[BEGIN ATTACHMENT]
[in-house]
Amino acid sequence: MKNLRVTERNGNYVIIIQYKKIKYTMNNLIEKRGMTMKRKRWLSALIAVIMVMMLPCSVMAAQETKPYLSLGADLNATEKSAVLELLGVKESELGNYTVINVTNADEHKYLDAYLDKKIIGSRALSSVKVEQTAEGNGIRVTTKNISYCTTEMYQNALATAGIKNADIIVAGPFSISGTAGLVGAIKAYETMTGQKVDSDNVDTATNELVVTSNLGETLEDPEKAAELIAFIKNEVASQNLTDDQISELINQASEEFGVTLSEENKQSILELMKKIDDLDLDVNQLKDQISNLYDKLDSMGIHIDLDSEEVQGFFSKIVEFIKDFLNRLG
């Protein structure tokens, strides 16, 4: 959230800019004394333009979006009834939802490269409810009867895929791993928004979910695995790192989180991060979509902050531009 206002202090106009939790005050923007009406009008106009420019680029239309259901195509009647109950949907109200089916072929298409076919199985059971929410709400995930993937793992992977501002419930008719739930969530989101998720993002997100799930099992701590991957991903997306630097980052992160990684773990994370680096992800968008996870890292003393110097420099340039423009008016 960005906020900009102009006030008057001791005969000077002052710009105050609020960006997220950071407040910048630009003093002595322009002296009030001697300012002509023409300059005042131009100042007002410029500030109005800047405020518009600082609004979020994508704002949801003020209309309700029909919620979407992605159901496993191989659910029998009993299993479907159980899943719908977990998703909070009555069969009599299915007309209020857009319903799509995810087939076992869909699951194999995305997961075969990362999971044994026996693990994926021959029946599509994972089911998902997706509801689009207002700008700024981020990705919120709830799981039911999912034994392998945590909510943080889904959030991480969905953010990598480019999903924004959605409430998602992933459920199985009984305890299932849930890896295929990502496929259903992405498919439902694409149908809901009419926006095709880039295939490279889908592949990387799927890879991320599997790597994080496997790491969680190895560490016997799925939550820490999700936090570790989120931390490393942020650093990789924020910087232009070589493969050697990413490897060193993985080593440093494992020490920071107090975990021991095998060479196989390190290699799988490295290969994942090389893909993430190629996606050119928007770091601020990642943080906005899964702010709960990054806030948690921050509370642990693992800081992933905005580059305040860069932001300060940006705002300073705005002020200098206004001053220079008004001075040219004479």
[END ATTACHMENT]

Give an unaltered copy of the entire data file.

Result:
[in-house]
Amino acid sequence: MKNLRVTERNGNYVIIIQYKKIKYTMNNLIEKRGMTMKRKRWLSALIAVIMVMMLPCSVMAAQETKPYLSLGADLNATEKSAVLELLGVKESELGNYTVINVTNADEHKYLDAYLDKKIIGSRALSSVKVEQTAEGNGIRVTTKNISYCTTEMYQNALATAGIKNADIIVAGPFSISGTAGLVGAIKAYETMTGQKVDSDNVDTATNELVVTSNLGETLEDPEKAAELIAFIKNEVASQNLTDDQISELINQASEEFGVTLSEENKQSILELMKKIDDLDLDVNQLKDQISNLYDKLDSMGIHIDLDSEEVQGFFSKIVEFIKDFLNRLG
């Protein structure tokens, strides 16, 4: 959230800019004394333009979006009834939802490269409810009867895929791993928004979910695995790192989180991060979509902050531009 206002202090106009939790005050923007009406009008106009420019680029239309259901195509009647109950949907109200089916072929298409076919199985059971929410709400995930993937793992992977501002419930008719739930969530989101998720993002997100799930099992701590991957991903997306630097980052992160990684773990994370680096992800968008996870890292003393110097420099340039423009008016 960005906020900009102009006030008057001791005969000077002052710009105050609020960006997220950071407040910048630009003093002595322009002296009030001697300012002509023409300059005042131009100042007002410029500030109005800047405020518009600082609004979020994508704002949801003020209309309700029909919620979407992605159901496993191989659910029998009993299993479907159980899943719908977990998703909070009555069969009599299915007309209020857009319903799509995810087939076992869909699951194999995305997961075969990362999971044994026996693990994926021959029946599509994972089911998902997706509801689009207002700008700024981020990705919120709830799981039911999912034994392998945590909510943080889904959030991480969905953010990598480019999903924004959605409430998602992933459920199985009984305890299932849930890896295929990502496929259903992405498919439902694409149908809901009419926006095709880039295939490279889908592949990387799927890879991320599997790597994080496997790491969680190895560490016997799925939550820490999700936090570790989120931390490393942020650093990789924020910087232009070589493969050697990413490897060193993985080593440093494992020490920071107090975990021991095998060479196989390190290699799988490295290969994942090389893909993430190629996606050119928007770091601020990642943080906005899964702010709960990054806030948690921050509370642990693992800081992933905005580059305040860069932001300060940006705002300073705005002020200098206004001053220079008004001075040219004479």